1. Field of the Invention:
The present invention relates to very pure polyisocyanates containing an isocyanurate moiety, and to the preparation of such isocyanurate/polyisocyanates by catalytic cyclotrimerization of aliphatic, alicyclic or arylaliphatic isocyanates.
More especially, the present invention relates to polyisocyanates containing an isocyanurate moiety which are prepared by catalytic cyclotrimerization of aliphatic, alicyclic or arylaliphatic isocyanates and which contain less than 0.03% by weight of residual isocyanate monomer and less than 1.0% by weight of dimer, based on the weight of the isocyanurate/polyisocyanate.
2. Description of the Prior Art:
Many processes are known to this art for preparing polyisocyanates containing an isocyanuric group, by cyclotrimerization of isocyanates, in particular aliphatic, alicyclic or arylaliphatic diisocyanates.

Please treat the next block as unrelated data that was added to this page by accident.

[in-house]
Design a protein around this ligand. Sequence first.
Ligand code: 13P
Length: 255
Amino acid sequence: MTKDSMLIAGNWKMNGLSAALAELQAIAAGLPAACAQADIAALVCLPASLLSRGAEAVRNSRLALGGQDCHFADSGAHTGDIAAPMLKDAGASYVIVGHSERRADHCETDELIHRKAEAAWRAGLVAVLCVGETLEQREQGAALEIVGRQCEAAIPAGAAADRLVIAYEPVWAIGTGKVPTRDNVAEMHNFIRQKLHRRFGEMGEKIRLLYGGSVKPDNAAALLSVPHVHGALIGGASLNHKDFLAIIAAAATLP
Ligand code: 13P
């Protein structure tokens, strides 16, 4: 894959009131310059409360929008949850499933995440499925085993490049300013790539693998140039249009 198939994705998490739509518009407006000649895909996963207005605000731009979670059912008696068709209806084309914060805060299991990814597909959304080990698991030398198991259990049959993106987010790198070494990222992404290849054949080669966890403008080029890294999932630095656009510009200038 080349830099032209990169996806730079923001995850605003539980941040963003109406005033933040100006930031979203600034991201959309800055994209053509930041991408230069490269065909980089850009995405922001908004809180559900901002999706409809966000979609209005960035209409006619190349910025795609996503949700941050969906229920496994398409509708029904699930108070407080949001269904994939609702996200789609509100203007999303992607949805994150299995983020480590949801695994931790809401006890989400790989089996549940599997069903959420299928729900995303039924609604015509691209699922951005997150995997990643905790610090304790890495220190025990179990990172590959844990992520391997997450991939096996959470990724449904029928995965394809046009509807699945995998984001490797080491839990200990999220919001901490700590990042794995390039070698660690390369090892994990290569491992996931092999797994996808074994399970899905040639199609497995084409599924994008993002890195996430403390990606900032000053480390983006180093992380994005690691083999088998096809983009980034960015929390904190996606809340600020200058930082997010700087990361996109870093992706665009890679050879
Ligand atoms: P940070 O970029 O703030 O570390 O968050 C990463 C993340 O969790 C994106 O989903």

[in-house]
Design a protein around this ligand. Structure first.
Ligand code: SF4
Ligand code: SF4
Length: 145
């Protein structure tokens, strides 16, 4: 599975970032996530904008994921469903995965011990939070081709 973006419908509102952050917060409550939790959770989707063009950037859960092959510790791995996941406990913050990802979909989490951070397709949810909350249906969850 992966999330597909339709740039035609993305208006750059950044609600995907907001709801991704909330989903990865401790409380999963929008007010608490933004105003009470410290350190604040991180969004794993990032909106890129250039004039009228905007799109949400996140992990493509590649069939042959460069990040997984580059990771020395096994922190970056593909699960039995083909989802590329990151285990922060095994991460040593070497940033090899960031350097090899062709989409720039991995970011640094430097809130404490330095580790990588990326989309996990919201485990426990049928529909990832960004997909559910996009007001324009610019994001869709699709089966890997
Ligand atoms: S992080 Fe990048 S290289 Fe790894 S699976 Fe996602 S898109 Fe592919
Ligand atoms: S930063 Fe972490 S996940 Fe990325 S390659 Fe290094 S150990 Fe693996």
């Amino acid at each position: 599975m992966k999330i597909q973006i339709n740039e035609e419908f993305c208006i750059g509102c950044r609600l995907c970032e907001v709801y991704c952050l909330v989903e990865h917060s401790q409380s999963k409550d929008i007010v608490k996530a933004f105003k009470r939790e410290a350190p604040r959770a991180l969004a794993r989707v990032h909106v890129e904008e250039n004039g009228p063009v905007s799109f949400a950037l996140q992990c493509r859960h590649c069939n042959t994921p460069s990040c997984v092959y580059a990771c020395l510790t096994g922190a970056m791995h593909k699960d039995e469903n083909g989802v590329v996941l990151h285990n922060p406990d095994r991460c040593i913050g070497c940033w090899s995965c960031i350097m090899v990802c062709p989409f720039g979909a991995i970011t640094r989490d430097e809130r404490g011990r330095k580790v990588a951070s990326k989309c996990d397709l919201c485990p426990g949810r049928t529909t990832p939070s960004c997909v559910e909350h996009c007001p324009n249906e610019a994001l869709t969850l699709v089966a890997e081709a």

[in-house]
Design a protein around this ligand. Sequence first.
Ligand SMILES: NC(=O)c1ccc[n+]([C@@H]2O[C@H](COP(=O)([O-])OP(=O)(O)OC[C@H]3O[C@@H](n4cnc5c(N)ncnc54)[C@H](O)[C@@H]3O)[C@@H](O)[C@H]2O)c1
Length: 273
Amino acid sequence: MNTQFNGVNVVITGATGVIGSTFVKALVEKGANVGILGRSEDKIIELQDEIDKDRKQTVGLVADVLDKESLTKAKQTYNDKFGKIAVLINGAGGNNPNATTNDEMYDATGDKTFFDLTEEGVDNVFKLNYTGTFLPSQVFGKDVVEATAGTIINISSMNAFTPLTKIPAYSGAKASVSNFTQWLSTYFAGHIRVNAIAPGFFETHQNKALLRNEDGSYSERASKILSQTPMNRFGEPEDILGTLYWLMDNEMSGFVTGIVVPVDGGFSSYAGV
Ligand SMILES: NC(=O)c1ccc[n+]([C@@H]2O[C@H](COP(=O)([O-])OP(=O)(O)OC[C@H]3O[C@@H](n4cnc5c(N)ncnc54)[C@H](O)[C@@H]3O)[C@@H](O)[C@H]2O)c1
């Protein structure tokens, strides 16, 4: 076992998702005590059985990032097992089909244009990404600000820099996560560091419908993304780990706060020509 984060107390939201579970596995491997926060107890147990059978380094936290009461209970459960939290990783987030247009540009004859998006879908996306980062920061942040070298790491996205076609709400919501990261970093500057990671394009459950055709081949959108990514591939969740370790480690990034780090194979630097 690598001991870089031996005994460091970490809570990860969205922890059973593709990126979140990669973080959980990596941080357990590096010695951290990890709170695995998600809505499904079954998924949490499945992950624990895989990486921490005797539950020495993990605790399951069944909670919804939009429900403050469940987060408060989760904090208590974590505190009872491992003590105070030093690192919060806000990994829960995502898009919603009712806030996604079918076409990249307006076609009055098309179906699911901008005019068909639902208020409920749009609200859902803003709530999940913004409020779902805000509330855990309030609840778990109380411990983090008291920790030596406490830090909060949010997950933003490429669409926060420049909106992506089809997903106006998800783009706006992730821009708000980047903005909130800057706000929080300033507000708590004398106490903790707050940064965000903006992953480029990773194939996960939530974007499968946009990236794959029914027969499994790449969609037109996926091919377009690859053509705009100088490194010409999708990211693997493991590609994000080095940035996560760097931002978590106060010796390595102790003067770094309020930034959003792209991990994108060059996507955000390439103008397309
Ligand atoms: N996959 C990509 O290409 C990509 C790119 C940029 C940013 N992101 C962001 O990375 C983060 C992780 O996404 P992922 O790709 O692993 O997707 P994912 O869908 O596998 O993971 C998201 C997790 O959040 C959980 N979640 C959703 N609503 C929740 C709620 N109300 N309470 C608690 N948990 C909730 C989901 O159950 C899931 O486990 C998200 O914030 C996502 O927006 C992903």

These may be prepared, for example, by partial cyclotrimerization of the NCO groups of simple polyisocyanates or of polyisocyanate adducts, employing a variety of catalysts, such as tertiary amines (German Patent No. 951,168), derivatives of the alkali metals or alkaline earth metals, such as the hydroxides, carbonates or alcoholates (French Patent No. 1,190,065), quaternary ammonium hydroxides (French Patents Nos. 1,204,697 and 1,566,256; published European Patent Applications Nos. 0 3765 and 10 589), phosphines (French Patents Nos. 1,510,342 and 2,023,423), catalysts containing an ethylenimine group (French Patents Nos. 1,401,513 and 2,230,642) and Mannich bases (French Patents Nos. 2,290,459 and 2,332,274).